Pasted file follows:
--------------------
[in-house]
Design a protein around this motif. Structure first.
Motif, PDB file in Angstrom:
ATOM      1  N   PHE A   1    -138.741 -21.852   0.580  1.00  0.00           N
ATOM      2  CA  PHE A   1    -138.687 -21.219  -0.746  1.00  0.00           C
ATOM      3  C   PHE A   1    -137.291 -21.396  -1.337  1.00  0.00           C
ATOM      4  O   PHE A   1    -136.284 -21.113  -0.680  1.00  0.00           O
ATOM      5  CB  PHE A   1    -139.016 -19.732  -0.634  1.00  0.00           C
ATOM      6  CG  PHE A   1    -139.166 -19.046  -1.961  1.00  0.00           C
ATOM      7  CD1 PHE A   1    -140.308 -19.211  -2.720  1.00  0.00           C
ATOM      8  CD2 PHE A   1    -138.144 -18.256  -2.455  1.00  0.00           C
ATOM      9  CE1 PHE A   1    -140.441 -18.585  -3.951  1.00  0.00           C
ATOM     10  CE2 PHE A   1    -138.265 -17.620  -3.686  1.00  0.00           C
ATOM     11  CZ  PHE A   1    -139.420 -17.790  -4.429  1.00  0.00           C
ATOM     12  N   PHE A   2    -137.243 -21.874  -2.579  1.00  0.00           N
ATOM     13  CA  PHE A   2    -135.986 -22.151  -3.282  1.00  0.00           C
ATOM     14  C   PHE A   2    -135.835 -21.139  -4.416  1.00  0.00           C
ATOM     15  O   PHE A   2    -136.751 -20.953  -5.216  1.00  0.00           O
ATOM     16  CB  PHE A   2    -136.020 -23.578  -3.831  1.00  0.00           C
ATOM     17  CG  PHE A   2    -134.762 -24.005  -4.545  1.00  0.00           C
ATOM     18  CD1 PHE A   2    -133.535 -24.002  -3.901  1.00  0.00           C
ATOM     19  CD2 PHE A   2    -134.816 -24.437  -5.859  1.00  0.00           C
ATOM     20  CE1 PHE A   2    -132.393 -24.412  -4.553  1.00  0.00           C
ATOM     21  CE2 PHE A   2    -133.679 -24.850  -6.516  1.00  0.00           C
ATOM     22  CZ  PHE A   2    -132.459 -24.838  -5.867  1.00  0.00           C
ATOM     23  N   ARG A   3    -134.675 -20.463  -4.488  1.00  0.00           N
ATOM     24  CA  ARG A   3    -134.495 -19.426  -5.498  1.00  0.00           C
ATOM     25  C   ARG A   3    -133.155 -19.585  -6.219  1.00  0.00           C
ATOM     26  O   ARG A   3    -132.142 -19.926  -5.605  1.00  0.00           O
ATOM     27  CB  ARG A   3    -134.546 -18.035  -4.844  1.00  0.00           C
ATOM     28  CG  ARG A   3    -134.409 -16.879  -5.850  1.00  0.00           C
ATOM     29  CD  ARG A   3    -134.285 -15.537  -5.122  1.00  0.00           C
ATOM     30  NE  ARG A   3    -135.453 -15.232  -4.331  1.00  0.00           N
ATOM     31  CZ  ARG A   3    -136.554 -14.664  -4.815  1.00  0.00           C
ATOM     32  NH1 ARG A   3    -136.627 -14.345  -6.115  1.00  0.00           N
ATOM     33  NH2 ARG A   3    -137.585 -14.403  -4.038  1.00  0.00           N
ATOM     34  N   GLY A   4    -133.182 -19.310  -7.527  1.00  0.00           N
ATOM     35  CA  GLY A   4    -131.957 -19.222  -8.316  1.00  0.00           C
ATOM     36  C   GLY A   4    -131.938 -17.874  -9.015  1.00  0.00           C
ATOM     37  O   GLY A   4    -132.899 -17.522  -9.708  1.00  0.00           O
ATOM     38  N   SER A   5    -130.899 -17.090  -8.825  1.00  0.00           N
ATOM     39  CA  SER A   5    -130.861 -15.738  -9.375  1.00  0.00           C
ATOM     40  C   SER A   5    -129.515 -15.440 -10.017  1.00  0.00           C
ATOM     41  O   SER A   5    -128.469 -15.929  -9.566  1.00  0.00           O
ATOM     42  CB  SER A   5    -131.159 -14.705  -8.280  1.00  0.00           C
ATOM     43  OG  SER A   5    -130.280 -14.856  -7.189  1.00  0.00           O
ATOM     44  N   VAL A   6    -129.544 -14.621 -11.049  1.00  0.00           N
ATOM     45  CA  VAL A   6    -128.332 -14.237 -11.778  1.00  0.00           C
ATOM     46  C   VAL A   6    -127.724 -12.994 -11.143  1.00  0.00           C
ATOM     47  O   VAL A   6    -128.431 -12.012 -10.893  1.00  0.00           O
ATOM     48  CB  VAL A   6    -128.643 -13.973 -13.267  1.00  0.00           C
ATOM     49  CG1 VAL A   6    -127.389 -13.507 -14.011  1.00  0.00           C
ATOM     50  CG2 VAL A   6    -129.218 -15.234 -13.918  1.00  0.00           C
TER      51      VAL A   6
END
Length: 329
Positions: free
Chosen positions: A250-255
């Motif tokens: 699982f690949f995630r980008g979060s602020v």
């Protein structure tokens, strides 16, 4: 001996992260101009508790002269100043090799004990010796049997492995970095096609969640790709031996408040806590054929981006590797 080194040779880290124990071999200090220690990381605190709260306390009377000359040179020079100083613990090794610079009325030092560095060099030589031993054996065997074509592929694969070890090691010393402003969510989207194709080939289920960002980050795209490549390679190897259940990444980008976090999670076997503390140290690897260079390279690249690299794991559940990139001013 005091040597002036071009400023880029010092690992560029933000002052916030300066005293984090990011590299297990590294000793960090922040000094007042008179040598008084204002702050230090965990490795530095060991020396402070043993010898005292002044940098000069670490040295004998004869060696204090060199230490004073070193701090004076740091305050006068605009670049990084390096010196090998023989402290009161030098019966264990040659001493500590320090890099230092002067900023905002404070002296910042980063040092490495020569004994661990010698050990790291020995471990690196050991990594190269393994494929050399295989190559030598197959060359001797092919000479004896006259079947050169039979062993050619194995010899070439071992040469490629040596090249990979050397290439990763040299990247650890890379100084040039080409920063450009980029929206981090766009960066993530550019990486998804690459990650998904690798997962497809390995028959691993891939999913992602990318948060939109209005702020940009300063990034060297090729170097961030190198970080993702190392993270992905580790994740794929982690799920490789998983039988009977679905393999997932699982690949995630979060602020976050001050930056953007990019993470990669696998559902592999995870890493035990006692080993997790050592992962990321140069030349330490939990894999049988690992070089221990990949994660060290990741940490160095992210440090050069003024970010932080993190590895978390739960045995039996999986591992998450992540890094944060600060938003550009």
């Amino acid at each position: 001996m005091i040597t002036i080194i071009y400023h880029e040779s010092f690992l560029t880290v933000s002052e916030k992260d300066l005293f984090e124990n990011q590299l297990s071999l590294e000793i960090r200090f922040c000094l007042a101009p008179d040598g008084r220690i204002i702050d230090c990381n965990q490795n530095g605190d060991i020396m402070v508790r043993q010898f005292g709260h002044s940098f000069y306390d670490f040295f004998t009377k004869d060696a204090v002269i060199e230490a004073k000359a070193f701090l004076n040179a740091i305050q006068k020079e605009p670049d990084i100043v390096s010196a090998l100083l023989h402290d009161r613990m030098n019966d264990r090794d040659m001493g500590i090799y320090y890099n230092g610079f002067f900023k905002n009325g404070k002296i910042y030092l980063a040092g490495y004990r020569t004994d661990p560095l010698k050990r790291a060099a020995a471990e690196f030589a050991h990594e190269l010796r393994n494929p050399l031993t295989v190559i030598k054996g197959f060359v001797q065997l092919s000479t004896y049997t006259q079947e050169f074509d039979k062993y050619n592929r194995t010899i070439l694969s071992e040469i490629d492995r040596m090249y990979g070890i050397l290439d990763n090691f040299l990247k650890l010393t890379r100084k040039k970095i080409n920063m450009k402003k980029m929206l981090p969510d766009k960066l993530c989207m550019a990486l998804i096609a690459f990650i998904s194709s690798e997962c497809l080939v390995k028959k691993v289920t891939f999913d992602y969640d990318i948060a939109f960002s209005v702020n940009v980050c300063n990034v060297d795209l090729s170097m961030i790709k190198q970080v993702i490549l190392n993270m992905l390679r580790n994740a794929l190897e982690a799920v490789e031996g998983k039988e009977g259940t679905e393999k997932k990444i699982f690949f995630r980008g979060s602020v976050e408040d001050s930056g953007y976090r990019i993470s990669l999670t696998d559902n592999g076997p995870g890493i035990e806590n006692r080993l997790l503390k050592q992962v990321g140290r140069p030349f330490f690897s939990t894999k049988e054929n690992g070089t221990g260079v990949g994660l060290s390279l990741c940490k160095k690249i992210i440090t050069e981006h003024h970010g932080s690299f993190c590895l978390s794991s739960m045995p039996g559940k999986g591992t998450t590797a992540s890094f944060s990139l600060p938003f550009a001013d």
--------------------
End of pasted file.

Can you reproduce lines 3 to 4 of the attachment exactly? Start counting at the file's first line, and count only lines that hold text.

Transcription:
Motif, PDB file in Angstrom:
ATOM      1  N   PHE A   1    -138.741 -21.852   0.580  1.00  0.00           N